Despite unprecedented times we continue to report our findings from our annual Rewards and Attitudes survey for 2020-2021. The annual survey remains the reporting benchmark of remuneration and attitudes across the international real estate industry, referencing over 8500 international salaries and over 7500 survey respondents.
Now in its twenty-first year, I am pleased to be able to present insightful data collated with commentaries from our expert consultants and RICS representatives. I am also pleased to present the findings with our first fully digital and interactive report.
We are grateful for our participants taking their time to complete the survey and give their views on working in Real Estate during the global pandemic. The report offers a robust comparison of sentiments in the industry captured before and after the first Covid-19 restrictions, displaying the effects on professionals as organisations.
Current sentiments in Real Estate
Amongst the uncertainty, it is heartening to see 4 in 5 are still confident in the industry in the next twelve months and 58% are unlikely to leave Real Estate. Nearly a quarter may consider moving to another asset class or area of the industry where some sectors are struggling. This is most apparent for our Asian (30%) and Middle Eastern (38%) respondents who are the most open to moving within the industry compared to the UK (20%) who are firmly set in their field.
Results have shown that since the pandemic, one in three are considering obtaining a new qualification in the next year, and of those, two-thirds are looking at vocational studies. It is encouraging to see the continued commitment of individuals wanting to invest in themselves with further training and weighing their options in this challenging climate.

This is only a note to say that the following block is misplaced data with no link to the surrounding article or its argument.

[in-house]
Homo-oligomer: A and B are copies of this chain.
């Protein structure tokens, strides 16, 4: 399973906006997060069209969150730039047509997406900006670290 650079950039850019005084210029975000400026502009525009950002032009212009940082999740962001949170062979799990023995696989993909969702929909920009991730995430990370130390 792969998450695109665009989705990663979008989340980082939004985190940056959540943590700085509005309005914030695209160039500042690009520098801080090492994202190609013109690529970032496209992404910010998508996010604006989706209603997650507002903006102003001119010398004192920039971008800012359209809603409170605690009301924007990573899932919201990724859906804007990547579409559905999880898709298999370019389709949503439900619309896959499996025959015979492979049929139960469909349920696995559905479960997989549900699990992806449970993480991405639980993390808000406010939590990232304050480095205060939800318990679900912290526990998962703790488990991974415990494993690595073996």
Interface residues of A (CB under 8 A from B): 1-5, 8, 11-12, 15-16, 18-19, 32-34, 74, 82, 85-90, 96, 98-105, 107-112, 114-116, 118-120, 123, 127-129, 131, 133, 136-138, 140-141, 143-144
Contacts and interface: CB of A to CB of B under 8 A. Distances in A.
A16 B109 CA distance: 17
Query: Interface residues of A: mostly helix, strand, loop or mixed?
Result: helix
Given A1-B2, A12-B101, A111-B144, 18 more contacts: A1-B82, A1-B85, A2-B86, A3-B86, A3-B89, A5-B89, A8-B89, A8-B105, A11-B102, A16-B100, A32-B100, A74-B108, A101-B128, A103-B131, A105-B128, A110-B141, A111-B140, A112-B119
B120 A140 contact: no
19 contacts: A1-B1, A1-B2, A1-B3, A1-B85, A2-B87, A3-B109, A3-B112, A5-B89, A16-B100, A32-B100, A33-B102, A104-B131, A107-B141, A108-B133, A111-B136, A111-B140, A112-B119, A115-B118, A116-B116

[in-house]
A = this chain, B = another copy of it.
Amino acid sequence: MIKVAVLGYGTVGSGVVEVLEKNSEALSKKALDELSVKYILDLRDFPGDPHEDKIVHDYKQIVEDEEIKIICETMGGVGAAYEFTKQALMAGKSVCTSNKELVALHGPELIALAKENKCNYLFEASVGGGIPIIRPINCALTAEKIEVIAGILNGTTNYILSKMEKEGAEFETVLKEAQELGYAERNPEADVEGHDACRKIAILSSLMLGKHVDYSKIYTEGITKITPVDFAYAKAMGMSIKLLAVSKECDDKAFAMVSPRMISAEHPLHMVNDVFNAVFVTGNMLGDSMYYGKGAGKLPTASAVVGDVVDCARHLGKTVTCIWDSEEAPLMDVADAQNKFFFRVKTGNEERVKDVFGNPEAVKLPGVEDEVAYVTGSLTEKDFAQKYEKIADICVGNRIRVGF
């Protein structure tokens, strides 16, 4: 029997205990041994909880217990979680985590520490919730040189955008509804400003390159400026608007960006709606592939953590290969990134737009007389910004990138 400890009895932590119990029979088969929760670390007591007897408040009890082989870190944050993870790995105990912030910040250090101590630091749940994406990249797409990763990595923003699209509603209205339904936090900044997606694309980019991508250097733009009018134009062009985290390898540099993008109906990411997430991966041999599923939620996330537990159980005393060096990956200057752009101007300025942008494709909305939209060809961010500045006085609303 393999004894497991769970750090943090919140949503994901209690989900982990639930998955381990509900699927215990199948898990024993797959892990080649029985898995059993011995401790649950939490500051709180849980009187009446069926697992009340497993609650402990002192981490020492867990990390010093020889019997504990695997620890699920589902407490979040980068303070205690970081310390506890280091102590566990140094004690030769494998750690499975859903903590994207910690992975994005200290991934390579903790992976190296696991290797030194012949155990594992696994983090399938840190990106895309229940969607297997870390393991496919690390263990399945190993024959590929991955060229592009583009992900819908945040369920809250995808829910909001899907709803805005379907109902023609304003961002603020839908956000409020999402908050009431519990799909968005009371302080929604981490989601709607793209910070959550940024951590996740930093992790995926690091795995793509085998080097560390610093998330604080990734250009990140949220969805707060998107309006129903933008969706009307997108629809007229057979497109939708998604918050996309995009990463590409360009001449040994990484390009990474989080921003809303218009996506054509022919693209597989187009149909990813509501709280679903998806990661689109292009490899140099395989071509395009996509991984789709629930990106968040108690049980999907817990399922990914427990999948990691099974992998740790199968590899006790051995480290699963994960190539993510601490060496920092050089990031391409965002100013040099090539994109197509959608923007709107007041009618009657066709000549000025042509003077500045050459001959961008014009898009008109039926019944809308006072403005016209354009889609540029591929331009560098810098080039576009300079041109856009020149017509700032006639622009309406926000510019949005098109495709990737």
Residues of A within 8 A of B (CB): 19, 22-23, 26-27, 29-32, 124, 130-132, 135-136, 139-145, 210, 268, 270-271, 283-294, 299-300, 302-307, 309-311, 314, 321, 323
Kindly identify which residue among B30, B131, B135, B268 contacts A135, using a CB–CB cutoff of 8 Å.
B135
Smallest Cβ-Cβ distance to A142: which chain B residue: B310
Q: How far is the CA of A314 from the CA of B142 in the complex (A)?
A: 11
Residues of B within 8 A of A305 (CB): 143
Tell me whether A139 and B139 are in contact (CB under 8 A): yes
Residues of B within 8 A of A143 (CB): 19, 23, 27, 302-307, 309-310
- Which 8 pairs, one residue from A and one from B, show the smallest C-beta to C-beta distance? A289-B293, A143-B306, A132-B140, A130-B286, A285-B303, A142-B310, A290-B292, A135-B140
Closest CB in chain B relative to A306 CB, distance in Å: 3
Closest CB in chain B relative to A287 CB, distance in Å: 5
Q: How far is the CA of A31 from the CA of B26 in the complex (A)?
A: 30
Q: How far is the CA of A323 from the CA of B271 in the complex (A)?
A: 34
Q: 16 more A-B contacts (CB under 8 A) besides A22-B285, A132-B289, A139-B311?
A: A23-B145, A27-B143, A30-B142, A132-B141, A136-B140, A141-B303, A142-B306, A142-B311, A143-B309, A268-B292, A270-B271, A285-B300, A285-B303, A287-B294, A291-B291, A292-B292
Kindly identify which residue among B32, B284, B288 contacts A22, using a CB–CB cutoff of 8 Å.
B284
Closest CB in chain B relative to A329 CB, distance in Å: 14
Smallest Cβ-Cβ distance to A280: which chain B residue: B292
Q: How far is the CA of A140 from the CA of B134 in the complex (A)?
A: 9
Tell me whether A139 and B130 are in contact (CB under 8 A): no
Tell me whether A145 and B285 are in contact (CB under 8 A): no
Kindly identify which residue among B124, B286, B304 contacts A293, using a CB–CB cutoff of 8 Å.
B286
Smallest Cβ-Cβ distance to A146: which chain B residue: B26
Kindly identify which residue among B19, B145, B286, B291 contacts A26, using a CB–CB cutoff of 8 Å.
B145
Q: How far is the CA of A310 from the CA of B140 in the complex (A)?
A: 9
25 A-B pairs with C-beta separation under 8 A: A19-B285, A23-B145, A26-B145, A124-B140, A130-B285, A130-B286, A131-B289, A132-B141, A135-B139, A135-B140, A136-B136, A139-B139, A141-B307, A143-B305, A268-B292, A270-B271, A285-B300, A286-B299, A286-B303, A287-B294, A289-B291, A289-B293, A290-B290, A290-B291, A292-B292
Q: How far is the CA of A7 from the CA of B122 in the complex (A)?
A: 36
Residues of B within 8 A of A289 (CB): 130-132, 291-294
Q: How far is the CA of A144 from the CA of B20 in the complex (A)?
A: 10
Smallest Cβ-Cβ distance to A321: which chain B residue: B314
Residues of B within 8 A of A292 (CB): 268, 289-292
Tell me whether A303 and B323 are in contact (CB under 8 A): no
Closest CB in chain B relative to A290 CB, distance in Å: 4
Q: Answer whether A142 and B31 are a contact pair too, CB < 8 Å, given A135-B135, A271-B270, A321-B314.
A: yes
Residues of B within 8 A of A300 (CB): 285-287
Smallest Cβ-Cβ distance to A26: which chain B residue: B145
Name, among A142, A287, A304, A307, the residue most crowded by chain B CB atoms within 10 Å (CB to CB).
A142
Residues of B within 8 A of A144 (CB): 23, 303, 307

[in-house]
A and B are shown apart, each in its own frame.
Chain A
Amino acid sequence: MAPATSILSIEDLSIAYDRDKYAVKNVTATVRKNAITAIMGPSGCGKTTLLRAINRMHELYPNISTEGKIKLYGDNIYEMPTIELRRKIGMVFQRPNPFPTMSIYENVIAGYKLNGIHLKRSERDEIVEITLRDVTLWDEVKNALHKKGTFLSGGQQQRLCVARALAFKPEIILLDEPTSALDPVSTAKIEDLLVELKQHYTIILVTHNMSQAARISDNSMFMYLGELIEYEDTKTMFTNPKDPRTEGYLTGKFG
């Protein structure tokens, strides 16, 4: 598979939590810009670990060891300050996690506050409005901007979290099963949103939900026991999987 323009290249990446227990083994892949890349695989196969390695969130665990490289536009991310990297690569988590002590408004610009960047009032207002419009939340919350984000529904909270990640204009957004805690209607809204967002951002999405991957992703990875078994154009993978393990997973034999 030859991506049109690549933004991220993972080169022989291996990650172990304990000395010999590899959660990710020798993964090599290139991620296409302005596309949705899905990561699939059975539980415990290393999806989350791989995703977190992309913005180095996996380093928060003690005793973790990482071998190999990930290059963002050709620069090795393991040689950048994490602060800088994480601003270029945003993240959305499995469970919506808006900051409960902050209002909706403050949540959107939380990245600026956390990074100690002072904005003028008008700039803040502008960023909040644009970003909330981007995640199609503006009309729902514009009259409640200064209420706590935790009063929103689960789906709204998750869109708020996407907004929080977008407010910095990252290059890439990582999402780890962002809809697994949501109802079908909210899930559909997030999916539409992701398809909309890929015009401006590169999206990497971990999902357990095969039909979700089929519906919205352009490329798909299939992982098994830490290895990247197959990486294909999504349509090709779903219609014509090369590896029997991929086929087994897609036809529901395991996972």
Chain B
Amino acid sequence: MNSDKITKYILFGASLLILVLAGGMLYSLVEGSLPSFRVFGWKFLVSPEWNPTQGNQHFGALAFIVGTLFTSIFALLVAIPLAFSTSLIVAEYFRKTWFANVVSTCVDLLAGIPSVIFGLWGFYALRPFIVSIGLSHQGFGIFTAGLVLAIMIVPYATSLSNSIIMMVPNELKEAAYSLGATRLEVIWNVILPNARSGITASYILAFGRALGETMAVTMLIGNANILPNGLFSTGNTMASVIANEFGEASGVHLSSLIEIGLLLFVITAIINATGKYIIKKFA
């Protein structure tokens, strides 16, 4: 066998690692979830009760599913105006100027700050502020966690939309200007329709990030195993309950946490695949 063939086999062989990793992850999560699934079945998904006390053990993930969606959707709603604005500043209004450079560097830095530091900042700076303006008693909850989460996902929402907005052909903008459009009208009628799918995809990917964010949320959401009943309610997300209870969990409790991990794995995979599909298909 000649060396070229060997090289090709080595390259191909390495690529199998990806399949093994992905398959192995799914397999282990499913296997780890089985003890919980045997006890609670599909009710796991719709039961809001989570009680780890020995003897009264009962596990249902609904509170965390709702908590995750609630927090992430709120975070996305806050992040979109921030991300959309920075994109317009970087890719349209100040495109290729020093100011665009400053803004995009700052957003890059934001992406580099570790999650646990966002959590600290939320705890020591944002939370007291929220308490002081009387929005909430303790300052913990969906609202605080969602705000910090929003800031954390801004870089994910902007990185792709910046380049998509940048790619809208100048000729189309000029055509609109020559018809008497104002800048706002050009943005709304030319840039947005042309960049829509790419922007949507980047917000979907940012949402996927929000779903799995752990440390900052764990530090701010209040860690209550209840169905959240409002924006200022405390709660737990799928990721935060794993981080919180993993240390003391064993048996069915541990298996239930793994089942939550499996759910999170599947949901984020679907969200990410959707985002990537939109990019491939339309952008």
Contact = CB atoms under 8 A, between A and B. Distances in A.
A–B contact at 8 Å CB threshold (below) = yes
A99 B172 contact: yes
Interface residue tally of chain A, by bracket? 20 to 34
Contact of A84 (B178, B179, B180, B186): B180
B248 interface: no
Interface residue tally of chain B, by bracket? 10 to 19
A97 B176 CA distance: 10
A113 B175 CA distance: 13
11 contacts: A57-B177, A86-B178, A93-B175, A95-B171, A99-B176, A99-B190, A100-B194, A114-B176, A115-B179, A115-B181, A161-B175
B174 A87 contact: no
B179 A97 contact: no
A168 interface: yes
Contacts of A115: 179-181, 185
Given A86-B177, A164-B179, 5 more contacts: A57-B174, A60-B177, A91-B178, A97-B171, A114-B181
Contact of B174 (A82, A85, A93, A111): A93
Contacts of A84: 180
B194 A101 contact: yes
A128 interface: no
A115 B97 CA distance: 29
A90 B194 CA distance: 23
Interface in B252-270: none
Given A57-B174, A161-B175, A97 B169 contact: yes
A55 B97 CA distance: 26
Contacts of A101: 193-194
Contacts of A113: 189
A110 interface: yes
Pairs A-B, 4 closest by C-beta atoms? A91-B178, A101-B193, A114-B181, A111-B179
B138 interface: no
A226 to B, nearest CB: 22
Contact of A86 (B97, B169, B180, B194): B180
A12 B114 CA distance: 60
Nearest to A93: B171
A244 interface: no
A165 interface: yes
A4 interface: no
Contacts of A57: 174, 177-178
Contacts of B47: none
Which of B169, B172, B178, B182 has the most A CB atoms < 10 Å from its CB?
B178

On another positive note, half of respondents agree that their organisation has a great workplace culture and the percentage of employees who report feeling ‘valued’ by their employer has remained level since the pandemic. We are pleased to report that it seems many leaders in our industry have successfully navigated the disruption caused by the pandemic and have succeeded in keeping teams engaged and together, even when apart.
Salaries and Rewards
Looking at some of the key findings, there has been a negative impact on salaries and bonuses, with 58% globally reporting no change to their pay and 62% of bonuses negatively impacted either by decreasing from usual levels or not being awarded. As reflected in the wider economy, the youngest age groups (18-26) have been impacted the most with rising unemployment, and those more seasoned in their careers having more likely to have faced pay cuts.
The minority (13%) that did receive a salary increase claim to have obtained them following an annual pay review, and some by moving jobs or having a new employer.
More pressing than ever is reporting the diversity pay gap in Real Estate. For the first time, we have collated salary data in the UK to show the extent of the disparity that exists in our industry.Peter Moore MRICS, CEO
Salary has usually been the biggest driver for those looking at new roles; this year, for the first time in 20 years, salary has dropped from the top spot in place of professionals seeking work-life balance. A preference for work-life balance is reaffirmed by numbers doubling in favour of choosing flexible working over a 5% salary rise – if offered a choice - since the pandemic.